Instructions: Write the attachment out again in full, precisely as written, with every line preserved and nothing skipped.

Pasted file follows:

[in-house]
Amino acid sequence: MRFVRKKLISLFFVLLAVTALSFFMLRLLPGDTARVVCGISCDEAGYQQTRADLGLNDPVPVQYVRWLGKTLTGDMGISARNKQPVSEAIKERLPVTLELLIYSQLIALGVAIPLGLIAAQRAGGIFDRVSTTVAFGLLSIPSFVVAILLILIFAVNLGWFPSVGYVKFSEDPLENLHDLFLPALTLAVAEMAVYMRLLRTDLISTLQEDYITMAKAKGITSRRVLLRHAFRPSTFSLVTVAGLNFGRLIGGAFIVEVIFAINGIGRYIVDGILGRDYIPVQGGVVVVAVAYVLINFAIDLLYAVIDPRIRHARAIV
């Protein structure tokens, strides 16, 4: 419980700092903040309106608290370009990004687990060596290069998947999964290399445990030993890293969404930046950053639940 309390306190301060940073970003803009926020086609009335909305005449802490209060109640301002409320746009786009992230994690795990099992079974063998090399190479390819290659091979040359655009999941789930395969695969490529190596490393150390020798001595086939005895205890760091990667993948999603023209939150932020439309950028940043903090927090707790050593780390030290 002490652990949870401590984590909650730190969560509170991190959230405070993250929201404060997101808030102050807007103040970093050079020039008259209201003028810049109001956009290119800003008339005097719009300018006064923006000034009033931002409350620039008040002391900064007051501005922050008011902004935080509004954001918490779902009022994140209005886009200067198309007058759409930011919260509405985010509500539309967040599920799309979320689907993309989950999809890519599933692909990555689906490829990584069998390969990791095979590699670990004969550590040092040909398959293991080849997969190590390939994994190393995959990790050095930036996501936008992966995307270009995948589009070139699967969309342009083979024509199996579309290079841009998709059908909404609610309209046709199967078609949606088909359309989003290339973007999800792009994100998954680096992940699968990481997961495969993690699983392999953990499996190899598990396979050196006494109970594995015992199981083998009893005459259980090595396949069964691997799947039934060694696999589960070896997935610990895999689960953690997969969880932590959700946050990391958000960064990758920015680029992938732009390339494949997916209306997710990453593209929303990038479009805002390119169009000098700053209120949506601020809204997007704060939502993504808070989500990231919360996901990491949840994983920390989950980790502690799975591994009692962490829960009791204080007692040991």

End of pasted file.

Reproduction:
[in-house]
Amino acid sequence: MRFVRKKLISLFFVLLAVTALSFFMLRLLPGDTARVVCGISCDEAGYQQTRADLGLNDPVPVQYVRWLGKTLTGDMGISARNKQPVSEAIKERLPVTLELLIYSQLIALGVAIPLGLIAAQRAGGIFDRVSTTVAFGLLSIPSFVVAILLILIFAVNLGWFPSVGYVKFSEDPLENLHDLFLPALTLAVAEMAVYMRLLRTDLISTLQEDYITMAKAKGITSRRVLLRHAFRPSTFSLVTVAGLNFGRLIGGAFIVEVIFAINGIGRYIVDGILGRDYIPVQGGVVVVAVAYVLINFAIDLLYAVIDPRIRHARAIV
């Protein structure tokens, strides 16, 4: 419980700092903040309106608290370009990004687990060596290069998947999964290399445990030993890293969404930046950053639940 309390306190301060940073970003803009926020086609009335909305005449802490209060109640301002409320746009786009992230994690795990099992079974063998090399190479390819290659091979040359655009999941789930395969695969490529190596490393150390020798001595086939005895205890760091990667993948999603023209939150932020439309950028940043903090927090707790050593780390030290 002490652990949870401590984590909650730190969560509170991190959230405070993250929201404060997101808030102050807007103040970093050079020039008259209201003028810049109001956009290119800003008339005097719009300018006064923006000034009033931002409350620039008040002391900064007051501005922050008011902004935080509004954001918490779902009022994140209005886009200067198309007058759409930011919260509405985010509500539309967040599920799309979320689907993309989950999809890519599933692909990555689906490829990584069998390969990791095979590699670990004969550590040092040909398959293991080849997969190590390939994994190393995959990790050095930036996501936008992966995307270009995948589009070139699967969309342009083979024509199996579309290079841009998709059908909404609610309209046709199967078609949606088909359309989003290339973007999800792009994100998954680096992940699968990481997961495969993690699983392999953990499996190899598990396979050196006494109970594995015992199981083998009893005459259980090595396949069964691997799947039934060694696999589960070896997935610990895999689960953690997969969880932590959700946050990391958000960064990758920015680029992938732009390339494949997916209306997710990453593209929303990038479009805002390119169009000098700053209120949506601020809204997007704060939502993504808070989500990231919360996901990491949840994983920390989950980790502690799975591994009692962490829960009791204080007692040991």